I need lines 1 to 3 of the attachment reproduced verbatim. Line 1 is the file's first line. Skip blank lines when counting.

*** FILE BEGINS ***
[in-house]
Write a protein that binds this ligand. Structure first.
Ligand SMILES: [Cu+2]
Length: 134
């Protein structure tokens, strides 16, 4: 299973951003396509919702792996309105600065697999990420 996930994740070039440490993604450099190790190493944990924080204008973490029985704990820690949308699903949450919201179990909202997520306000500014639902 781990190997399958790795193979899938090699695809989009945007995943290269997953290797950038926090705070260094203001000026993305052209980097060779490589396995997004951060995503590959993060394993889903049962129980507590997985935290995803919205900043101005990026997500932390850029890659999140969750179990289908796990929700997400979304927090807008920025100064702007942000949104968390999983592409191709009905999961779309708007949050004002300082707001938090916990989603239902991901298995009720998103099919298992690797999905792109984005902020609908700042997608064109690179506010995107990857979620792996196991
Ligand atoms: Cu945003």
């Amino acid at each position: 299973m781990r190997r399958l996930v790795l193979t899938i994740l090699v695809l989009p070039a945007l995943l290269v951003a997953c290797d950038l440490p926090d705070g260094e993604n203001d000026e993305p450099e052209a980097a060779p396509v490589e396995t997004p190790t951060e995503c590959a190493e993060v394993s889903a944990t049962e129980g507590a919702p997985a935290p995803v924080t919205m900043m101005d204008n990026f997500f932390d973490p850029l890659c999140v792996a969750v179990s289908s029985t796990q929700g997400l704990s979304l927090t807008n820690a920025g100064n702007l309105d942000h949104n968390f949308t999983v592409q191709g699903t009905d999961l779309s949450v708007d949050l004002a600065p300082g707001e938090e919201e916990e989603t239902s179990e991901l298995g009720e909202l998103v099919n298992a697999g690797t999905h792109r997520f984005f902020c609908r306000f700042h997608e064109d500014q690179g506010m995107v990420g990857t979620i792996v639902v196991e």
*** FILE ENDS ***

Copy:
[in-house]
Write a protein that binds this ligand. Structure first.
Ligand SMILES: [Cu+2]